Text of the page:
What is net zero?
Net zero is achieved when no incremental greenhouse gases are added to the atmosphere. This means that carbon emissions are balanced with the removal of carbon from the atmosphere (e.g. by certified carbon capture, forests, etc.). According to the latest Intergovernmental Panel on Climate Change (IPCC) report, we should aim to achieve net zero globally by 2050, at the latest, to avert climate disaster. For more information, read the UNFCCC Race to Zero campaign’s guide to net zero.
What is the Race to Zero?
The Race to Zero is a global UN-backed campaign to rally leadership and support from businesses, cities, regions, and investors for a healthy, resilient, and zero carbon recovery that prevents future threats, creates decent jobs and unlocks inclusive, sustainable growth. All members are committed to the same minimum requirements: halving emissions by 2030 and achieving net zero by 2050 at the very latest. They are also aligned to the same overarching meta-criteria: to pledge, plan, proceed and publish. This campaign focuses on mitigation, but our sister campaign, the Race to Resilience, focuses on climate adaptation.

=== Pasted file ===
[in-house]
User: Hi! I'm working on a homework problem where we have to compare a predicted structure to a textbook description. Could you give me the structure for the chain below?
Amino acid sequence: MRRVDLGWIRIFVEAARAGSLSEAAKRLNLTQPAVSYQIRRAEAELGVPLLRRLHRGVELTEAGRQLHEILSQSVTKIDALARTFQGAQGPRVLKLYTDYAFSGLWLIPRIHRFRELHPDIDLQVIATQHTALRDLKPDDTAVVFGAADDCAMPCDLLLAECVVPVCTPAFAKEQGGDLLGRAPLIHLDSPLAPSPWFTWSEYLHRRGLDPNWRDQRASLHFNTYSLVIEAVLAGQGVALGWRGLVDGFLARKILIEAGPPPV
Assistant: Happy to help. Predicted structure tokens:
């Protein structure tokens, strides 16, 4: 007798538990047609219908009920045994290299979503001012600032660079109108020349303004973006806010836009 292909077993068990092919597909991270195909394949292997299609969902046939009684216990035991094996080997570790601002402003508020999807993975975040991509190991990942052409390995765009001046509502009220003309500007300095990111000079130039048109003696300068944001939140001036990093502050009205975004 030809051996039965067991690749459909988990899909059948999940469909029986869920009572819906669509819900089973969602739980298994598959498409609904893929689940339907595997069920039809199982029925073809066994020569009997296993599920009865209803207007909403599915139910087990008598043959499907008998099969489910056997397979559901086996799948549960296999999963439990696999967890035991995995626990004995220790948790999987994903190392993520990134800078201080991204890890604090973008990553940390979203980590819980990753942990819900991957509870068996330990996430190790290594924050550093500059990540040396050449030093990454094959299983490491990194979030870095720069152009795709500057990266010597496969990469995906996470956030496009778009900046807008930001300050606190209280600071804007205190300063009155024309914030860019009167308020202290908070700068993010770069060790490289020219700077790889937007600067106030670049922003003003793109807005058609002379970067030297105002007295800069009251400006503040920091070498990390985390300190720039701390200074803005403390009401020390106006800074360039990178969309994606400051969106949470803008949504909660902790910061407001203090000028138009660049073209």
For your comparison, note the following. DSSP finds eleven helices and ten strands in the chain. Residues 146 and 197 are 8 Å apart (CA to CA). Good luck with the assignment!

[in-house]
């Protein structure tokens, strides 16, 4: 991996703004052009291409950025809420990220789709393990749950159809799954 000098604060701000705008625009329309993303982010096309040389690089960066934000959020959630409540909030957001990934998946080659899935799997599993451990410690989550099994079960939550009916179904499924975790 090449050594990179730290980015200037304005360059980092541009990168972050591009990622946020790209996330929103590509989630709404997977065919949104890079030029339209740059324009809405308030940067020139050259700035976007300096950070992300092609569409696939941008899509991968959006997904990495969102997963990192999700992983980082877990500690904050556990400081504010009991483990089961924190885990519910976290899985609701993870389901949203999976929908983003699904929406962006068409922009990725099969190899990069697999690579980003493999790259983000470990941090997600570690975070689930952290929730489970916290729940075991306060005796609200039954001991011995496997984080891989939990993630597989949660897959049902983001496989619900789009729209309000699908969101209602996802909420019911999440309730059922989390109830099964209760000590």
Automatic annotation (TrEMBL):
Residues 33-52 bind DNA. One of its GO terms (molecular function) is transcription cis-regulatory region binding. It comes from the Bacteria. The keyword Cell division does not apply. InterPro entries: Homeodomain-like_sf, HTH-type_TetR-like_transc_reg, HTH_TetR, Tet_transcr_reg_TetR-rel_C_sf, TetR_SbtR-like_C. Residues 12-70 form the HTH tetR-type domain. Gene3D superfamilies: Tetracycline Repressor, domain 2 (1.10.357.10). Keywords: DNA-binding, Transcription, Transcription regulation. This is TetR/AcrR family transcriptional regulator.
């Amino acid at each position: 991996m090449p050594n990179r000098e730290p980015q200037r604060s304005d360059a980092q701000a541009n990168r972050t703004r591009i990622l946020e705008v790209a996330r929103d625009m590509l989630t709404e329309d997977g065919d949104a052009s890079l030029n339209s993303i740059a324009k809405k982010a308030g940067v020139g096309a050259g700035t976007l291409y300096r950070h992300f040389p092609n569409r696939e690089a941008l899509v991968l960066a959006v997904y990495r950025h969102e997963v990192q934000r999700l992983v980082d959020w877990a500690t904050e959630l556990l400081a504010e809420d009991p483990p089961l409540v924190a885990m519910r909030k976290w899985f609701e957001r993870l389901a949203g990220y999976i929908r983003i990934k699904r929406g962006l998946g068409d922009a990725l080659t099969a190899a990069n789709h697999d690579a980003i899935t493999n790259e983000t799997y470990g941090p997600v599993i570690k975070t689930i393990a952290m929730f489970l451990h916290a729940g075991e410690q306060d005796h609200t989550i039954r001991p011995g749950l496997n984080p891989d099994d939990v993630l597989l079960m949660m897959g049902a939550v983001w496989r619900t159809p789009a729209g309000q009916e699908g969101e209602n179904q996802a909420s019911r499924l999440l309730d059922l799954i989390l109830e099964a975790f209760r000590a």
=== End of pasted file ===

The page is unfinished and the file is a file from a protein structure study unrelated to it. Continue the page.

Can offsets be included?
Race to Zero is not an offsetting campaign, members must prioritise absolute emissions reductions. The Race focuses on immediate abatement measures and does not accept counting offsets (e.g. avoided emissions) as part of emissions reduction targets. Offsetting is a measure that can only be taken minimally, once all reasonable measures have been made to reduce emissions. Further information on offsets can be found in The Oxford Principles for Net Zero Aligned Carbon Offsetting.
Who is in the Race to Zero?
Non-state actors - including companies, cities, regions, financial, educational and healthcare institutions - can join the campaign through key initiatives and networks. To date, 733 cities, 31 regions, 3,067 businesses, 173 of the biggest investors, and 622 Higher Education Institutions are involved in the Race to Zero, committing to achieve net zero carbon emissions by 2050 at the latest.